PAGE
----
An important aspect of writing ‘The Sentinel’ was to make sure my characters were located within their time & place, which was on a lighthouse station in 1880 Victoria.
Here are the 10 fun facts:
- I almost called my novel ‘A Man of the First Order’ because The Sentinel light is a First Order Fresnel lens. Lighthouse lenses were divided into ‘orders’, the largest were called ‘First Order’ because of their size and focal length. A First Order lens had a focal length of 920 mm and measured approximately 2 metres wide by 3 metres high. The optics, which allowed for greater illumination over further distances, were invented by French physicist, Augustin Fresnel, and were manufactured by the Chance Brothers company of England. The lenses were exceptionally beautifully – made out of cut glass crystal – and are worth a fortune today.
- Being a lighthouse keeper’s wife was often very lonely. It was not the ‘done thing’ for the keepers and the wives, to visit each other as casual visiting was strongly discouraged. On top of that, the men were busy all day caring for the lighthouse and surrounds, leaving the women to keep the home by themselves.
- Every light has its own unique pattern of flashes to distinguish it from every other lighthouse.
- The light sat in a mercury bath while it span. Mercury has a low co-efficient of friction and even though the lens itself weighed up to 2&1/2 tons, the level of friction was so small, the lens could be turned with just one finger. Mercury’s a very toxic substance however, and many keepers suffered mercury poisoning and went mad.
- While the strict hierarchy between the Head Lightkeeper and his 1st and 2nd Assistants usually kept arguments at bay, there were still times when tensions ran high and things got out of control. For instance, on one lighthouse station which was actually a large rock just off the coast, there was so much division between the keeper and his assistant that when things boiled over, the keeper chased his assistant around the island for 7&1/2 hours. All that was left of the assistant at the end of the chase, were his footprints on a large rock near the sea. No one knows what happened to him.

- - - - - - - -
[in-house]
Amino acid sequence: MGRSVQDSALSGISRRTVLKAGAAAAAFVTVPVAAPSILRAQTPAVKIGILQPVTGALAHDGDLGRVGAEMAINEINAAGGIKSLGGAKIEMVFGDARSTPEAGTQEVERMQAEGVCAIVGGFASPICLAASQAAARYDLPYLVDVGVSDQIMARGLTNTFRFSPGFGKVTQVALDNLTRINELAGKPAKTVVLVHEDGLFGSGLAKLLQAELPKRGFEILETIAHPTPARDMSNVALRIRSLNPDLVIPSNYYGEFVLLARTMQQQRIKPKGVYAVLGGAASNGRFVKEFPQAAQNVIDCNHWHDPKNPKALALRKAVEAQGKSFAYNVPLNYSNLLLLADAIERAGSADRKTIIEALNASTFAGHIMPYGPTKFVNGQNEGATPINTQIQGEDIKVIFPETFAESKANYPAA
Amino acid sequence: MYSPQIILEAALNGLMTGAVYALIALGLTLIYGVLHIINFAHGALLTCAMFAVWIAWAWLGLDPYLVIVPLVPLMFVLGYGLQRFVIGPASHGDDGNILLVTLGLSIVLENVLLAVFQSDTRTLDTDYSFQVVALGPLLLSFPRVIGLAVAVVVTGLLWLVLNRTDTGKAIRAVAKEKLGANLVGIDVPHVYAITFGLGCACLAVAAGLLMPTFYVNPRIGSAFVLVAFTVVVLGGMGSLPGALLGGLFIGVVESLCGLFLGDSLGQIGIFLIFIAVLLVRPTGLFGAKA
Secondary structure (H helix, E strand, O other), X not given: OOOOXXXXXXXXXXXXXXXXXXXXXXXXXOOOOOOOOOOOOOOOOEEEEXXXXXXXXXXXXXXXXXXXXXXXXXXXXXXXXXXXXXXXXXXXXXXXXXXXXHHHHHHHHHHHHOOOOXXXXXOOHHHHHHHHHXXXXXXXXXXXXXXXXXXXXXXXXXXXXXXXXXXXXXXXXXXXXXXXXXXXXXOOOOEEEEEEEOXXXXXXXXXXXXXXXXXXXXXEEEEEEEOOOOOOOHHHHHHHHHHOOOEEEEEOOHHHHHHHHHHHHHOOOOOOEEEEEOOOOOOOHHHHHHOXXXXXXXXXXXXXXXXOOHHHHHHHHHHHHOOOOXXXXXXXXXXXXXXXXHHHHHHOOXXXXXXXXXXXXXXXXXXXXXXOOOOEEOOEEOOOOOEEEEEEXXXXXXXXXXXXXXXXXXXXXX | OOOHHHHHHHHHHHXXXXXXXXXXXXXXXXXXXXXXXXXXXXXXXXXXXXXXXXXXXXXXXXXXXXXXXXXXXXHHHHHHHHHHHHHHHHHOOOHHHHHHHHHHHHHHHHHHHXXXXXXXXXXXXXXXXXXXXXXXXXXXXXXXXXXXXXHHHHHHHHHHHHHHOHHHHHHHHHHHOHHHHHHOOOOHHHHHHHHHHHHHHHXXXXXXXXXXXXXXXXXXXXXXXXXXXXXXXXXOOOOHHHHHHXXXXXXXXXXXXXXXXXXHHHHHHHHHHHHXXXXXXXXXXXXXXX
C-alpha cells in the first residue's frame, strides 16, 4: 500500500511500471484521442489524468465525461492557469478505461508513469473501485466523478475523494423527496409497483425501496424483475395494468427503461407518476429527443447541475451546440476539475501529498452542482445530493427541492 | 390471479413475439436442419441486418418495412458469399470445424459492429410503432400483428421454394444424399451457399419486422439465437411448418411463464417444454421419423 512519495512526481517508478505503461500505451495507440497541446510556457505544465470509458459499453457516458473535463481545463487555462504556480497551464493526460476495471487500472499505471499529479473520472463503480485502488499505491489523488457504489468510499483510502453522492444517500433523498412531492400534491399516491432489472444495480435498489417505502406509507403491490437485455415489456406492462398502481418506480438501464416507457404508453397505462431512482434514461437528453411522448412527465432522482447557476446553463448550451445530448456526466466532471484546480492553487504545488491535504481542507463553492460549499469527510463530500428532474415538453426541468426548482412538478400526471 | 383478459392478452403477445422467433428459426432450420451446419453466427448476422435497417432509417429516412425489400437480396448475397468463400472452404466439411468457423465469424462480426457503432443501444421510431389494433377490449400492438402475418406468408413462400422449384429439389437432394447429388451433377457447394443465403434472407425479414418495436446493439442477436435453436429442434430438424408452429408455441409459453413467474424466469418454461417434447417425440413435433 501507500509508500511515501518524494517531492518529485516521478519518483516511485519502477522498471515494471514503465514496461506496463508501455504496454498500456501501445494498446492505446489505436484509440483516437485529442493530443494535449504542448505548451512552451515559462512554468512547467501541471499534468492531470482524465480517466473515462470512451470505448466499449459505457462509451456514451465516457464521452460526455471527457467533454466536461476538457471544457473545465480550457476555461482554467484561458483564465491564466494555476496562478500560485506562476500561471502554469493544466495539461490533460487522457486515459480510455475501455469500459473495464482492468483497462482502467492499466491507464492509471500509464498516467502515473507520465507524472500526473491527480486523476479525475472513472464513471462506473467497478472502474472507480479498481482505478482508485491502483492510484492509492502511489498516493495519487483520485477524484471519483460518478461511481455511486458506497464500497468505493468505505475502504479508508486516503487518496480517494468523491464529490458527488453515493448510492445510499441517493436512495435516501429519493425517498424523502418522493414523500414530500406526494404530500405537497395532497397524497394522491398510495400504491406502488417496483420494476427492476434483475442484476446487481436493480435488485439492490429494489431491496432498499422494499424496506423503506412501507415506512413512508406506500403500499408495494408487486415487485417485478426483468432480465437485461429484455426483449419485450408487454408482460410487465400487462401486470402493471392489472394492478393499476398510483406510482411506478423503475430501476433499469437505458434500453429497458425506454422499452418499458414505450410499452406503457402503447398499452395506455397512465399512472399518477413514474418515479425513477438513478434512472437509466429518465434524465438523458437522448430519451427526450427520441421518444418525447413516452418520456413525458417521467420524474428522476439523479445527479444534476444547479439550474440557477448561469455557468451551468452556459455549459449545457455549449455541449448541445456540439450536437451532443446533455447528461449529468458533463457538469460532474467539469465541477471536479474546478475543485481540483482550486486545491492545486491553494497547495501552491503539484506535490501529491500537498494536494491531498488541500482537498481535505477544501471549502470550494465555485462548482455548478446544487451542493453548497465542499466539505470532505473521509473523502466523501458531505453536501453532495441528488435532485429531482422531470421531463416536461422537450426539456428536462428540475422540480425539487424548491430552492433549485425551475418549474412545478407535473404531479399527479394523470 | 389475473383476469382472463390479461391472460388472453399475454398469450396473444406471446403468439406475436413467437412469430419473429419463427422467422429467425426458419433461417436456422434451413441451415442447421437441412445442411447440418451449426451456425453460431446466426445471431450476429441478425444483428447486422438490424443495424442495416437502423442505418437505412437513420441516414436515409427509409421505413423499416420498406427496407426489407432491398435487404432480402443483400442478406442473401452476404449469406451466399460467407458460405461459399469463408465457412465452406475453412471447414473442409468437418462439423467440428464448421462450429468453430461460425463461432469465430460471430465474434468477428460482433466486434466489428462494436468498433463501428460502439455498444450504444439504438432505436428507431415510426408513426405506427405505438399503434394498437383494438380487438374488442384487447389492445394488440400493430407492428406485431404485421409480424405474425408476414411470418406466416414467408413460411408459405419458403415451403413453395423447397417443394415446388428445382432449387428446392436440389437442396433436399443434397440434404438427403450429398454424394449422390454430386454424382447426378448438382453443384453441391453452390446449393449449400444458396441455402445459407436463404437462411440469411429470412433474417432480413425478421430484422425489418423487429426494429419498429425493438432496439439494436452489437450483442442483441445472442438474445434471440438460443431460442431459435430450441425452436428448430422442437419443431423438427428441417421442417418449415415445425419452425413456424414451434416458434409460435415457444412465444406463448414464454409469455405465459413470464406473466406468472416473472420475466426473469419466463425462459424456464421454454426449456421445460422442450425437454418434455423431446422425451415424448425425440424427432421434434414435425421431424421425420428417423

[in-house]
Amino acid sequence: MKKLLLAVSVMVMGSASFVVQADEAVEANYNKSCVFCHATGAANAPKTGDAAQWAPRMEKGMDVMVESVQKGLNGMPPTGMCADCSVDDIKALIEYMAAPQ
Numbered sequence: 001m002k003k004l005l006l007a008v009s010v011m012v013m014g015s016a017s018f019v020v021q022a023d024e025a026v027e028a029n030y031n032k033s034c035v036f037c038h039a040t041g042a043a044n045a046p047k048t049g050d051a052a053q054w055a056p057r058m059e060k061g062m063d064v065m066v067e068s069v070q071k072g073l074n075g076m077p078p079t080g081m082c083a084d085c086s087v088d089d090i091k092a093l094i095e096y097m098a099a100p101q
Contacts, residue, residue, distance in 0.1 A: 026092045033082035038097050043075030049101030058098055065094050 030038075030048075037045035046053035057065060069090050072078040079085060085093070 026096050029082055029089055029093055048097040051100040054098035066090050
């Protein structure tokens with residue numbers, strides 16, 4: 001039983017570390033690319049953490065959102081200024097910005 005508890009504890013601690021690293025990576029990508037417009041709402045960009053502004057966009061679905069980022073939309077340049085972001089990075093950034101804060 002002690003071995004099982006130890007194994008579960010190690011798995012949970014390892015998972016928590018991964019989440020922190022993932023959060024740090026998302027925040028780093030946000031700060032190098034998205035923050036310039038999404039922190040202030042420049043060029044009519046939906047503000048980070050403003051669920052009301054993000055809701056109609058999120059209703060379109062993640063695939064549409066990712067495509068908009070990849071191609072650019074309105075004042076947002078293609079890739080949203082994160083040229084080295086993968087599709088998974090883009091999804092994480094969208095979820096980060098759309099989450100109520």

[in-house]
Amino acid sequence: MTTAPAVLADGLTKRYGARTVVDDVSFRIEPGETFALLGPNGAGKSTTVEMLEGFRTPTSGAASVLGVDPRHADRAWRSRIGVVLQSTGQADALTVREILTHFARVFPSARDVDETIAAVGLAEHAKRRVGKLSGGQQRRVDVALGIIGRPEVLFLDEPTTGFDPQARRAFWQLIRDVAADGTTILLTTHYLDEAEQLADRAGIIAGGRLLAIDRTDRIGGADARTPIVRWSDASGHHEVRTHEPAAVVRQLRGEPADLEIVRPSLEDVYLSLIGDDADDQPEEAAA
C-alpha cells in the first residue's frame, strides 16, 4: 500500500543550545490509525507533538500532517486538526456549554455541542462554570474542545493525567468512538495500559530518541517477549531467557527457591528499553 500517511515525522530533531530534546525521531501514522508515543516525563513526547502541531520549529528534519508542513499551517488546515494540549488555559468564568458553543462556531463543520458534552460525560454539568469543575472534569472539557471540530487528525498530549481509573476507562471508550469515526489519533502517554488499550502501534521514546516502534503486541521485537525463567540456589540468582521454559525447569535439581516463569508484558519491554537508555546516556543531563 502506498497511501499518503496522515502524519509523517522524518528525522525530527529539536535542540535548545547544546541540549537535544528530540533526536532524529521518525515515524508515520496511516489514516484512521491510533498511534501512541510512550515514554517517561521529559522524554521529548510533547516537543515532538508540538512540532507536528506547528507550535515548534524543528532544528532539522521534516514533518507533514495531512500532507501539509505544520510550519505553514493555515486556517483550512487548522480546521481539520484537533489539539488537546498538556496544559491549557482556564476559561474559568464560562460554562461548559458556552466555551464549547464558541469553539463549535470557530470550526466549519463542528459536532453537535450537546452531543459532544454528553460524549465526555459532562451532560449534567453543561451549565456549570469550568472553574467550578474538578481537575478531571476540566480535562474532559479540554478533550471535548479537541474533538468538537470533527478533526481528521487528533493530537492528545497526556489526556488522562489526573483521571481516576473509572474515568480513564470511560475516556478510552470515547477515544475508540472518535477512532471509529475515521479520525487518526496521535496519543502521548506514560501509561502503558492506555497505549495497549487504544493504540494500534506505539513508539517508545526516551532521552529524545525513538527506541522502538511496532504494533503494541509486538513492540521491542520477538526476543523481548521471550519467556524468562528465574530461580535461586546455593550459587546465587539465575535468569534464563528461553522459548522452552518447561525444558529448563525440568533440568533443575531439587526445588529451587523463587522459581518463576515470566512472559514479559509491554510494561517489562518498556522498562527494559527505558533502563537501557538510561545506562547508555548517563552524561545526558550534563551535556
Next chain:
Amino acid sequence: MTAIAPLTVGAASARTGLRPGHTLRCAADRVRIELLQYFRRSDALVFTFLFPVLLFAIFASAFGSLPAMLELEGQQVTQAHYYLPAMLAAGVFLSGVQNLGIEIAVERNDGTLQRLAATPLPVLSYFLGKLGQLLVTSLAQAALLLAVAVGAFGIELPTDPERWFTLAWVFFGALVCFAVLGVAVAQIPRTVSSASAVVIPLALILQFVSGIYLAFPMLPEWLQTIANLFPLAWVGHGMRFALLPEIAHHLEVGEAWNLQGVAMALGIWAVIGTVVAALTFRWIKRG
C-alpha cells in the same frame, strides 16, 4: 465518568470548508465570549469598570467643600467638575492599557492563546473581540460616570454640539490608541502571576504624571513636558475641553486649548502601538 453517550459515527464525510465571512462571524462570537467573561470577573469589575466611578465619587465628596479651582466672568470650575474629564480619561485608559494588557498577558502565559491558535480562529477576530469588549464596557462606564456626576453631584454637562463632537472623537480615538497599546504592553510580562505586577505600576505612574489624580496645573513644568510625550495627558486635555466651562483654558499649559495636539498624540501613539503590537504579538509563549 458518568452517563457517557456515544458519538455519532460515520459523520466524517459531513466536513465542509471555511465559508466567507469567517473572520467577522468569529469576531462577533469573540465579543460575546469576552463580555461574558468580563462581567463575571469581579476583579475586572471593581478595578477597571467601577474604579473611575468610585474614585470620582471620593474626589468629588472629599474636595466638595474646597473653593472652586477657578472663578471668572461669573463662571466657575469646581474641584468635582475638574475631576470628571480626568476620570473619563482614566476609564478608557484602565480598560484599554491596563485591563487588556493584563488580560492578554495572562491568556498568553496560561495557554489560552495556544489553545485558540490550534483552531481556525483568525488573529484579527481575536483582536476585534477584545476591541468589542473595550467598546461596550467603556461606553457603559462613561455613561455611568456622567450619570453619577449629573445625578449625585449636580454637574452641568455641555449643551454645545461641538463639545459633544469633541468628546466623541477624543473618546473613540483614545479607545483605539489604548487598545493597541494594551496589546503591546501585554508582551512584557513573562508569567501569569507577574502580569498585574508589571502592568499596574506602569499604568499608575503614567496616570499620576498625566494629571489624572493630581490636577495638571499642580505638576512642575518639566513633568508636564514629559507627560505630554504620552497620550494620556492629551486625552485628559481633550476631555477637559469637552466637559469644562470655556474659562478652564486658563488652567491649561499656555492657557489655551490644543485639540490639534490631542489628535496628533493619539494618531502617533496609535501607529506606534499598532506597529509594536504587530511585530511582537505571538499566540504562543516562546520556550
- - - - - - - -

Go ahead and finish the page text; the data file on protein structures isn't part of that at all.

- Strict discipline ruled the keepers’ lives. Every keeper was kept busy with a multitude of tasks and, in the language used by keepers of the time, were ’employed in’ the following duties:
- cutting firewood
- filling the kerosene tanks and oil drums
- painting the railings
- cleaning the face of the lantern
- scrubbing paintwork on the quarters
- painting verandah posts and doors and window sashes
- painting the balcony … and so on …
- Weather, weather, weather. There was no hiding from the elements in the places these keepers lived and worked. Journals and logbooks are dominated by reports on the weather; islands lashed by 10 metre waves, supply ships delayed due to bad weather; the howl of the wind; storms so fierce, lightning bolts splinter the air and shoot down fire balls; the hum of the wind; and weather observation upon weather observation.
- The clockwork mechanism which span the light had to be wound every hour or hour and a half so the light didn’t run flat. Once keepers were on duty, they had to stay in the light and not leave it because the Captains sailing their ships past the lights relied on it to be true – they set their course by it.
- Keepers preferred the Lantern room to the other parts of the lighthouse because it was the warmest part of the whole building. It was also favoured because of the view which, for many, was the best part of being a keeper.
- The ligthouse keepers and their families were true survivors. They faced isolation, hard work, injury and death without solace of close neighbours or community. For the women, in particular, life was hard but they were stoic because the greater purpose was evident. They must keep the light burning bright and keep the sea passages safe for the sailors passing by.
From l – r in clockwise direction: the clockwork mechanism which turns the light; the white bath in which the mercury sits; the paneled warmth of the Lantern room; ‘the best part’, the view from the lighthouse balcony; and the beautiful Fresnel lens.
Until next time,